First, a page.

More than two million Americans live without access to running water and basic plumbing, finds report
According to the new report, the crisis affects communities of color, lower-income people in rural areas and tribal communities among others
More than two million Americans live without running water and basic indoor plumbing, and many more without sanitation, according to a recent report. The report highlights America's hidden water crisis, which is affecting communities of color, lower-income people in rural areas and tribal communities among others.
"Most people in the US never give their water and wastewater systems a second thought, but people living in communities without safe and reliable infrastructure have to think about water and sanitation all the time," states the report.
The report — Closing the Water Access Gap in The United States — has been put together by the human rights nonprofit Dig Deep and the US Water Alliance, also a nonprofit dedicated to promoting investment in water infrastructure.
George McGraw, who co-wrote the report and is the chief executive of Dig Deep, worries that if proper investments and coordinated efforts are not made, more people could lose reasonable access to clean water in the next decade.
Widespread unsafe water is a "ticking time bomb in terms of public health", especially when residents use springs and streams as main water sources, Josefa Torres-Olivo, director of the nonprofit RCAP Solutions in Puerto Rico, which works with communities on water issues, tells NBC news.
The report finds that race is still the strongest determinant when it comes to access to safe potable water.
With 58 out of every 1,000 Native American households lacking complete plumbing, as opposed to three out of every 1,000 white households, they estimate that Native American households are 19 times more likely than white households to lack indoor plumbing.
As for the rural population, researchers find that 17% report having experienced issues with safe drinking water and 12% report issues with their sewage system.
Further, Latino and African American households are twice as likely as white households to lack indoor plumbing. They also report that 23% of private wells tested by the US Geological Survey showed hazardous contaminants, including arsenic, uranium, nitrates, and E. coli.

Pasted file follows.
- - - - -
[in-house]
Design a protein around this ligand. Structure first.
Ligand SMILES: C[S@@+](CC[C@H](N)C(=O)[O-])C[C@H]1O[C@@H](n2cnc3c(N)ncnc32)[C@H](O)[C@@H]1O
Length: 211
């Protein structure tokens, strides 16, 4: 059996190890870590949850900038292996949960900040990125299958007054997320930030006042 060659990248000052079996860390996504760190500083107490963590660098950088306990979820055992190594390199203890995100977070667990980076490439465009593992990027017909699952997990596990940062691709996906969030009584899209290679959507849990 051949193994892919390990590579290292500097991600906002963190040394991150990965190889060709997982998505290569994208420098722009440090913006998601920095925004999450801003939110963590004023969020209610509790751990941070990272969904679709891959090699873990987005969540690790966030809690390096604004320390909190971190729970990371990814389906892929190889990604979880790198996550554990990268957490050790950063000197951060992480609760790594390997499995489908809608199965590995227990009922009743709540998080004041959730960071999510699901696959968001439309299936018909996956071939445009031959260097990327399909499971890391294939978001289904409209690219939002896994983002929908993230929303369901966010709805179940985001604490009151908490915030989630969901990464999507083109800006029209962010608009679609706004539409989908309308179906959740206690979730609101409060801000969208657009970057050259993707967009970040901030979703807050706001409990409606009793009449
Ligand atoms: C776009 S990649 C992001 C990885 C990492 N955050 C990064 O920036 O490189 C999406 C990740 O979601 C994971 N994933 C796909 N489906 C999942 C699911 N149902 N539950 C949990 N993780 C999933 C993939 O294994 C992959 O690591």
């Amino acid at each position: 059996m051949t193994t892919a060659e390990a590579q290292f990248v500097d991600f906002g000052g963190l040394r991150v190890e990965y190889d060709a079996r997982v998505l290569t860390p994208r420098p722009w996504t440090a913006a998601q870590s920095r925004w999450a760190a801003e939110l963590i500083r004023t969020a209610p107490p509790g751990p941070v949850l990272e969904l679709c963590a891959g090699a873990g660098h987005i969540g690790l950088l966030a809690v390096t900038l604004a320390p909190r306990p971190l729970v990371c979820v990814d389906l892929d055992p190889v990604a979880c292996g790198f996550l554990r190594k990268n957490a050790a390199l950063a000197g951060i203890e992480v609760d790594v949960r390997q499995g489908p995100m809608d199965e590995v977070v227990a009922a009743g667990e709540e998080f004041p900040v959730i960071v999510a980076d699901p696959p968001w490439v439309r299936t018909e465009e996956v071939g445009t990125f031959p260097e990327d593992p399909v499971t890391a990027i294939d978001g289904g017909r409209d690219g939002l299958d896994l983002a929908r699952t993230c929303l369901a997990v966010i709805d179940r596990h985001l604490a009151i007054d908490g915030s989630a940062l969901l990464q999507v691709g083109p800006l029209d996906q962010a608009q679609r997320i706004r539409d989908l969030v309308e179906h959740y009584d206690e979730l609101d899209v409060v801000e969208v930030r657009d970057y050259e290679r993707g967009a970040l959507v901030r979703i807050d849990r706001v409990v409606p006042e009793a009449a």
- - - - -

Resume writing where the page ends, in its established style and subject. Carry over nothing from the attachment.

These findings come on the heels of earlier reports of tainted water circulating in the US. A previous study found that in any given year from 1982 to 2015, somewhere between 9 million and 45 million Americans got their drinking water from a source that violated the standards set by the Safe Drinking Water Act.
One report that stands out is the water crisis in Flint, Michigan — a majority black city, where 40% of people live in poverty.
After city officials began drawing water from a nearby river, residents began noticing something unusual in the tap water: they appeared discolored and tasted foul. Later, it was revealed that these people were exposed to dangerously high levels of lead, from 2014 to 2017.
In the current report, researchers found that since 2013, water drawn from domestic wells and municipal systems in California's Central Valley was contaminated with nitrates and bacteria from farm and dairy runoff, as well as arsenic, uranium and other harmful industrial chemicals, putting the health of thousands of individuals in jeopardy.
Other areas along the Texas border as well as rural areas in Puerto Rico are also affected. The authors found that unsafe water supply in these regions can be traced back to the 1900s.
A century ago, the federal government subsidized drinking water and irrigation for settlers in the West — but at the cost of the tribal population.
Their predicament continues to this day: apart from the limited federal and local government budgets, most residents in these areas are too poor to afford updating systems. Making matters worse is the distrust between residents and government agencies coupled with complicated regulations around these systems.
However, there is still hope. The authors of the report believe that it is possible to close the water access gap through a combination of factors, from government funding, private investments and other flexible funding methods to provide families with the necessary infrastructure at the household level.